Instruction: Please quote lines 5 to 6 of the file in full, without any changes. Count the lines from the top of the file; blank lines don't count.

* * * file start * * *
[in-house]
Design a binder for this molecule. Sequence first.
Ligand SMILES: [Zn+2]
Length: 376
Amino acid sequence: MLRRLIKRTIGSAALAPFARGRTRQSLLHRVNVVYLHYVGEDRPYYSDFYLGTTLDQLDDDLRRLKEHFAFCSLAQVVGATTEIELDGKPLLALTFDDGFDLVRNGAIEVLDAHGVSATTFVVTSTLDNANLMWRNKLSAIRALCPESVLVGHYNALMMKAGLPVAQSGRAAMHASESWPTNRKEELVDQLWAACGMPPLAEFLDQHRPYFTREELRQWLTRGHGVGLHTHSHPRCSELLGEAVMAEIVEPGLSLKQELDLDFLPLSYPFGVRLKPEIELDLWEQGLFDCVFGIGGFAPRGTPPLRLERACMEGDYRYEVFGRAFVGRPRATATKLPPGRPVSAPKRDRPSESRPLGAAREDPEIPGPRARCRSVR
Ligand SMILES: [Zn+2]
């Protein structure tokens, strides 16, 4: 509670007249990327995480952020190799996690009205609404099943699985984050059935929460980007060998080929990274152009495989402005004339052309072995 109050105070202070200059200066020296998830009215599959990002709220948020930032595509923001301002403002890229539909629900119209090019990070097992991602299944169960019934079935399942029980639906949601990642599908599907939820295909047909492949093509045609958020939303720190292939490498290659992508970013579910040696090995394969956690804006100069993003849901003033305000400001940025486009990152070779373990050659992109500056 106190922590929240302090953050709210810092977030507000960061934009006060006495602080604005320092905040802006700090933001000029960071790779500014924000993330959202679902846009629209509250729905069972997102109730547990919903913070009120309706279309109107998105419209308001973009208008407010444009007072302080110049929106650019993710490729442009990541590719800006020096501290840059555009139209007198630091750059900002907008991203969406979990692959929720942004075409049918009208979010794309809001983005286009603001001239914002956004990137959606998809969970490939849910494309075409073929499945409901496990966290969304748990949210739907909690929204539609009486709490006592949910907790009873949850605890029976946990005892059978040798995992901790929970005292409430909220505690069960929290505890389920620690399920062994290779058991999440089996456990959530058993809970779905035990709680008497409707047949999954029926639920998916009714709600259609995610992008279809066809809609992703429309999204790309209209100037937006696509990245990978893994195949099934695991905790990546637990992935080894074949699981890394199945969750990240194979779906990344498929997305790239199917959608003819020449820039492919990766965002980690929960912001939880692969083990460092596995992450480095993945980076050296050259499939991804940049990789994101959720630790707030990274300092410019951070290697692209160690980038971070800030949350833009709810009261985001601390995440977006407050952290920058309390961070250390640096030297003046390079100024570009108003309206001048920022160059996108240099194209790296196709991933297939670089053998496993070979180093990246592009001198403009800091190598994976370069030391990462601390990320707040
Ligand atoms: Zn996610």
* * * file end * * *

Amino acid sequence: MLRRLIKRTIGSAALAPFARGRTRQSLLHRVNVVYLHYVGEDRPYYSDFYLGTTLDQLDDDLRRLKEHFAFCSLAQVVGATTEIELDGKPLLALTFDDGFDLVRNGAIEVLDAHGVSATTFVVTSTLDNANLMWRNKLSAIRALCPESVLVGHYNALMMKAGLPVAQSGRAAMHASESWPTNRKEELVDQLWAACGMPPLAEFLDQHRPYFTREELRQWLTRGHGVGLHTHSHPRCSELLGEAVMAEIVEPGLSLKQELDLDFLPLSYPFGVRLKPEIELDLWEQGLFDCVFGIGGFAPRGTPPLRLERACMEGDYRYEVFGRAFVGRPRATATKLPPGRPVSAPKRDRPSESRPLGAAREDPEIPGPRARCRSVR
Ligand SMILES: [Zn+2]